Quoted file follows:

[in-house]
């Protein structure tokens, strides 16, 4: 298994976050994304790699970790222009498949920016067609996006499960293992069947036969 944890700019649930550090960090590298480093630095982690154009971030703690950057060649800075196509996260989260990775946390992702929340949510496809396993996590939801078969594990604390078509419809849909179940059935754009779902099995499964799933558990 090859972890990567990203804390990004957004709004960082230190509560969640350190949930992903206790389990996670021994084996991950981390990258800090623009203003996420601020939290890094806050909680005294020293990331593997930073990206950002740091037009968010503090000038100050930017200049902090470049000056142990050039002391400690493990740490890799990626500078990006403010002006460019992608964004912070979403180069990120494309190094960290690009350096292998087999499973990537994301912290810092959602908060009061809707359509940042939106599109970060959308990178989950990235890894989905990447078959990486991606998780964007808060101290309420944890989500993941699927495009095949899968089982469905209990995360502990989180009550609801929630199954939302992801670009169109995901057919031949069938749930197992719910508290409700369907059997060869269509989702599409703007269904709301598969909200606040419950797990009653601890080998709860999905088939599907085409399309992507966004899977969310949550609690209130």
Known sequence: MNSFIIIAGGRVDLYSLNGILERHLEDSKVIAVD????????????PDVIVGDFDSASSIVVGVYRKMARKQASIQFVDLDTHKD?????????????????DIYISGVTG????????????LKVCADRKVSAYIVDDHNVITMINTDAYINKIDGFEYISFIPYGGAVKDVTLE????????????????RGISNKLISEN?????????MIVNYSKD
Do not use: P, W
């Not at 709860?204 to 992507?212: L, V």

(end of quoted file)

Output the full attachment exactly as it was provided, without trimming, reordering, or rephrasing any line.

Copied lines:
[in-house]
């Protein structure tokens, strides 16, 4: 298994976050994304790699970790222009498949920016067609996006499960293992069947036969 944890700019649930550090960090590298480093630095982690154009971030703690950057060649800075196509996260989260990775946390992702929340949510496809396993996590939801078969594990604390078509419809849909179940059935754009779902099995499964799933558990 090859972890990567990203804390990004957004709004960082230190509560969640350190949930992903206790389990996670021994084996991950981390990258800090623009203003996420601020939290890094806050909680005294020293990331593997930073990206950002740091037009968010503090000038100050930017200049902090470049000056142990050039002391400690493990740490890799990626500078990006403010002006460019992608964004912070979403180069990120494309190094960290690009350096292998087999499973990537994301912290810092959602908060009061809707359509940042939106599109970060959308990178989950990235890894989905990447078959990486991606998780964007808060101290309420944890989500993941699927495009095949899968089982469905209990995360502990989180009550609801929630199954939302992801670009169109995901057919031949069938749930197992719910508290409700369907059997060869269509989702599409703007269904709301598969909200606040419950797990009653601890080998709860999905088939599907085409399309992507966004899977969310949550609690209130």
Known sequence: MNSFIIIAGGRVDLYSLNGILERHLEDSKVIAVD????????????PDVIVGDFDSASSIVVGVYRKMARKQASIQFVDLDTHKD?????????????????DIYISGVTG????????????LKVCADRKVSAYIVDDHNVITMINTDAYINKIDGFEYISFIPYGGAVKDVTLE????????????????RGISNKLISEN?????????MIVNYSKD
Do not use: P, W
């Not at 709860?204 to 992507?212: L, V």